‘Apparently the Russians didn’t like my column’: US critic of Zagitova on RT article
On Tuesday, the columnist penned a scathing attack on Zagitova, who she accused of strategically stacking seven jumps in the last two minutes of her routine to potentially gain a 10-percent points bonus.
The women figure skaters don’t start until tomorrow, but let’s get right into it: why is Zagitova not penalized in the component scores for her unbalanced, all-jumps-at-the-end long program? My @usatodaysports column: https://t.co/lw4gW0tK69— Christine Brennan (@cbrennansports) February 20, 2018
Brennan went on to question why judges did not penalize her composition and bemoaned the “imbalance” of Zagitova’s long program, suggesting that the teenager was not being punished because the judges were in love with her.
The piece is signed off with Brennan complaining: “It wouldn’t be a top international women’s figure-skating competition without its share of controversy, however. This one involves one of the Russians. (Of course it does.) It’s the way Zagitova has laid out her long program, specifically her jumps.”
After Brennan’s criticism was ridiculed by RT Sport, the columnist responded by linking the article in a tweet, along with the caption: “Apparently the Russians didn’t like my column” accompanied by a satisfied smile. She was joined by other USA Today staff in tweeting the article.
But Brennan’s caustic catcalls did not stop there. On Wednesday, Zagitova produced a highest-ever score of 82.92 in the ladies’ short program to break the world record set by teammate Evgenia Medvedeva just five minutes earlier.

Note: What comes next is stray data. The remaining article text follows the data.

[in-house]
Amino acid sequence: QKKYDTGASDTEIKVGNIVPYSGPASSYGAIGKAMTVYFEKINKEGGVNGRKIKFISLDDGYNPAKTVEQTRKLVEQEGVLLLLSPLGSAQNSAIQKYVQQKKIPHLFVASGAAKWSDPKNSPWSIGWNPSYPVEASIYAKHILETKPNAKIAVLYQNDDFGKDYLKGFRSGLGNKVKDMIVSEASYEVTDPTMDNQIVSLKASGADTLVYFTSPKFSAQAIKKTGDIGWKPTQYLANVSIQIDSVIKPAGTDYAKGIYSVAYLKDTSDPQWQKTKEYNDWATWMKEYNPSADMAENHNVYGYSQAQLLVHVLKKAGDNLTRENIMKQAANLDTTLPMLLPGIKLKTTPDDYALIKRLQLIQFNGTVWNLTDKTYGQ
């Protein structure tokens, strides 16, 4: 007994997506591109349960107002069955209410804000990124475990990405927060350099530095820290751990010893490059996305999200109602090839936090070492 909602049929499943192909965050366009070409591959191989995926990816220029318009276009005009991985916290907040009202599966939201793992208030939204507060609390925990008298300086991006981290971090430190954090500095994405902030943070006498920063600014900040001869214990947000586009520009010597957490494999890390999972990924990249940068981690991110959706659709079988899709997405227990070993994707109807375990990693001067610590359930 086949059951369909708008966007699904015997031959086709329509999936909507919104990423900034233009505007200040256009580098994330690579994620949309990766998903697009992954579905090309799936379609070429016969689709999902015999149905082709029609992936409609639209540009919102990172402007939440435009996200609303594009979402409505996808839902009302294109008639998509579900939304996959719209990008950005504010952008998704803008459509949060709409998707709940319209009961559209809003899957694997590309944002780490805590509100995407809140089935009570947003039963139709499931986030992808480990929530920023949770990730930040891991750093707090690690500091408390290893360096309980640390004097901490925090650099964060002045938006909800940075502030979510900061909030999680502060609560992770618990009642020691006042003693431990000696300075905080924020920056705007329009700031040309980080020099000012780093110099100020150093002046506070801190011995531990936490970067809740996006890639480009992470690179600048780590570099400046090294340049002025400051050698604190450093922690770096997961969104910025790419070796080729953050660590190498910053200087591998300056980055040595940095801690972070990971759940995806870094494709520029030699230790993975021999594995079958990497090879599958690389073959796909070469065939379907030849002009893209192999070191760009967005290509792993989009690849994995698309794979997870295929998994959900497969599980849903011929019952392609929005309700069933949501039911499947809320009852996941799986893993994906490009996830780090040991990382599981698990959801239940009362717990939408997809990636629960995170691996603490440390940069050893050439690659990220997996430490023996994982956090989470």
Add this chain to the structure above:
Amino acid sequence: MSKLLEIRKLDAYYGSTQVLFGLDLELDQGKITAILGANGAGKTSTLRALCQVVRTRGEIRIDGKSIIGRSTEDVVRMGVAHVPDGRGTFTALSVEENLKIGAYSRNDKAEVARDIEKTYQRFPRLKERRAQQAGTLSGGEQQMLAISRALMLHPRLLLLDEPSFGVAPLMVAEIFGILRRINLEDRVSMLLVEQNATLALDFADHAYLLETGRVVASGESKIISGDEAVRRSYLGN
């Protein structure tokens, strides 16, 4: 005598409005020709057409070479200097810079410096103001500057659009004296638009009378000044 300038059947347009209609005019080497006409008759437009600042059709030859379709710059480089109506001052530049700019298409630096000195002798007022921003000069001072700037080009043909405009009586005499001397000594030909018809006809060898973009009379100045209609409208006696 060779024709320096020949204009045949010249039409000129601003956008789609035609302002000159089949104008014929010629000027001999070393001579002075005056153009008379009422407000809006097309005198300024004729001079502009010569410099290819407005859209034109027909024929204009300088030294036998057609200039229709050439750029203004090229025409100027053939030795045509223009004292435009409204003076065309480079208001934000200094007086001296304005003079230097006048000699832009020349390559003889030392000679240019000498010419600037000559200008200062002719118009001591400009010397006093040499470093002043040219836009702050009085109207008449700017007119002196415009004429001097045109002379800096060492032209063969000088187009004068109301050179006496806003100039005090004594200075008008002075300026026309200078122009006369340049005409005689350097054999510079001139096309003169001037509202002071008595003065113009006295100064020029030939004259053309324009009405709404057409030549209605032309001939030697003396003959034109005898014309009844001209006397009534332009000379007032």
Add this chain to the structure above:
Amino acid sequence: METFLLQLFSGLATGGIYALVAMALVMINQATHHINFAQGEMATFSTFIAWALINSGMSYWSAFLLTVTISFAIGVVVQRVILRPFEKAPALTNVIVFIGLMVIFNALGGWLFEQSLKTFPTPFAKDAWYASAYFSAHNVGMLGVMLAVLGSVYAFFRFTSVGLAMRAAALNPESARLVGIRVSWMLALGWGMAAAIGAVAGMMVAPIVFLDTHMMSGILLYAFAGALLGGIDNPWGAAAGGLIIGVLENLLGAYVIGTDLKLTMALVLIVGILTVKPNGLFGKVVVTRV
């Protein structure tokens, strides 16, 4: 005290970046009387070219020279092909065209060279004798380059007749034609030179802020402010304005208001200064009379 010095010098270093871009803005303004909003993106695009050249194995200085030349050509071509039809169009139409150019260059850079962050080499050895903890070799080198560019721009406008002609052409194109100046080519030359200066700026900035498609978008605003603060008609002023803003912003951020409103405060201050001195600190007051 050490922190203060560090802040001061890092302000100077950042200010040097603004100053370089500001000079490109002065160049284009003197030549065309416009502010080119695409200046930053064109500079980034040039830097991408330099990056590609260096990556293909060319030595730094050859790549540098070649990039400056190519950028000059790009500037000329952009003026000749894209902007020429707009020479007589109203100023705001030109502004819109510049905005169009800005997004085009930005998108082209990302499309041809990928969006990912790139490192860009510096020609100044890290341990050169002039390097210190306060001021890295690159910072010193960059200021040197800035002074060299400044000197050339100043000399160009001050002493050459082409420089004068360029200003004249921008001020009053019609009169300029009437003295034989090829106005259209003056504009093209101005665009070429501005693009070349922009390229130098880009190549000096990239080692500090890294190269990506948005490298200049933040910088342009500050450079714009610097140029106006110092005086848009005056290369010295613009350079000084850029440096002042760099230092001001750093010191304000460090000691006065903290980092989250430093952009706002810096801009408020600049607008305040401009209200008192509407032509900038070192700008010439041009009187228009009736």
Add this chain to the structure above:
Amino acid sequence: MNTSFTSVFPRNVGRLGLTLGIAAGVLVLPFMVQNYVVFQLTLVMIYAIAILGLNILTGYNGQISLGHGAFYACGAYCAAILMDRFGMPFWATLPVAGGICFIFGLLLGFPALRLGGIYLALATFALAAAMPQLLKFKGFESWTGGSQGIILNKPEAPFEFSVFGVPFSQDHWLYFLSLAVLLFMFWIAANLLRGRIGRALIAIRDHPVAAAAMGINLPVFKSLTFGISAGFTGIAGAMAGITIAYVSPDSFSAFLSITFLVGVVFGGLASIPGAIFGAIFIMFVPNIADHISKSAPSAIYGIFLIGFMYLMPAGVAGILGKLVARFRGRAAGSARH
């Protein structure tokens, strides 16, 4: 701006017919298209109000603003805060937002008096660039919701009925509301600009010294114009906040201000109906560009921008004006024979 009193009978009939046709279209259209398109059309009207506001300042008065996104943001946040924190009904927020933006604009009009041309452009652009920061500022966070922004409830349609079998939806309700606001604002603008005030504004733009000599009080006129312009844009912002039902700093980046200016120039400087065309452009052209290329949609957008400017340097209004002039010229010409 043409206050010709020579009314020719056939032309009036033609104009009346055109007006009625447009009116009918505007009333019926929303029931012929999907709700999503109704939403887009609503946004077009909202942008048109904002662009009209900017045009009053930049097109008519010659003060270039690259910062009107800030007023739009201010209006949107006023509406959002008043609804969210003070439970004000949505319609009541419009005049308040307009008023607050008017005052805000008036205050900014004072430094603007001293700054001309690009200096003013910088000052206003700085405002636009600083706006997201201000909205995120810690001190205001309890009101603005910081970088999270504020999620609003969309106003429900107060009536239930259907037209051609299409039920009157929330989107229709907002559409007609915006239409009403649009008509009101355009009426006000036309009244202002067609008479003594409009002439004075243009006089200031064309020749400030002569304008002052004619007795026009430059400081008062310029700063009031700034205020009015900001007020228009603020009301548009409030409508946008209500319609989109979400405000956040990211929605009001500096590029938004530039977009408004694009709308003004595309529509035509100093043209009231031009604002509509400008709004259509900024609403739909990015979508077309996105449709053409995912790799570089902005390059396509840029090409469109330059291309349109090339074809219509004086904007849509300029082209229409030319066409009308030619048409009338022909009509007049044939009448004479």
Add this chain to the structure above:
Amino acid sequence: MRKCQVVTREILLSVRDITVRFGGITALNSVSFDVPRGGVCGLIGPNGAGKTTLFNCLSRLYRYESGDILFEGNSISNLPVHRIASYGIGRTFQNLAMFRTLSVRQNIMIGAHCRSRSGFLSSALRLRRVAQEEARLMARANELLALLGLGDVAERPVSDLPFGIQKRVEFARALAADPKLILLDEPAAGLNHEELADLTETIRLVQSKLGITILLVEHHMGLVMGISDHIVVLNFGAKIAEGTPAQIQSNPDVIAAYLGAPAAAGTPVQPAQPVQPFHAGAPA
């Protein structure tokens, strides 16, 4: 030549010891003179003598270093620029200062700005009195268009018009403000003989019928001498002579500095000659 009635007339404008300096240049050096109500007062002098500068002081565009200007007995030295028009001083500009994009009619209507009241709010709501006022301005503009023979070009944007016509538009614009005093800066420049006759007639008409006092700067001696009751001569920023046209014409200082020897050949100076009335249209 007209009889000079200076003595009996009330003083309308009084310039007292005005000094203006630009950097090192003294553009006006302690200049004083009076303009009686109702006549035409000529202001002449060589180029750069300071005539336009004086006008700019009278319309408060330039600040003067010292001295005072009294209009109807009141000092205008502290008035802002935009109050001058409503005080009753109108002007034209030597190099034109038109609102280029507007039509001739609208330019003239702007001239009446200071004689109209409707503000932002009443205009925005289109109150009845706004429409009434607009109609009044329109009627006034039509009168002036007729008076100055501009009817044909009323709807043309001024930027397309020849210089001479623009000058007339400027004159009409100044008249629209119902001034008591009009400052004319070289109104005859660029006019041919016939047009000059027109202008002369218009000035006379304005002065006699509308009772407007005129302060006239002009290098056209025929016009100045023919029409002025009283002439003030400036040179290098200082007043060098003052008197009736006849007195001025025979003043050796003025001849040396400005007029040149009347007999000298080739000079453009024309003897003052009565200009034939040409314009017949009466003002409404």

Brennan swiftly tweeted: “Texting with US Olympic judge Joe Inman. He would have had it Med, Osmond and Zag in that order because of balance of Osmond’s program, her speed and her interpretation of music’s details.”
Brennan added an extra sign of disrespect by referring to the Russian skaters as 'Med' and 'Zag' and not even bothering to tweet their names in full.
Texting with US Olympic judge Joe Inman. He would have had it Med, Osmond and Zag in that order because of balance of Osmond’s program, her speed and her interpretation of music’s details.— Christine Brennan (@cbrennansports) February 21, 2018
Inexplicably rating Zagitova’s lauded performance as a lowly third place is preposterous. To tweet it moments after her record-breaking run seems spiteful, perhaps even a little obsessive.
The winner of the ladies’ figure-skating event will be crowned on Friday, after the skaters perform their free programs. As it stands, the first two places are occupied by the two Russians, who are competing under the name of Olympic Athletes from Russia (OAR). Canada’s Kaetlyn Osmond is in third, more than four points behind Zagitova.
We shall wait with bated breath to see the plaudits that await Zagitova from her biggest fan – that’s if it isn’t drowned out by the pictures of the Olympic champion-elect with her gold medal.
By Danny Armstrong for RT Sport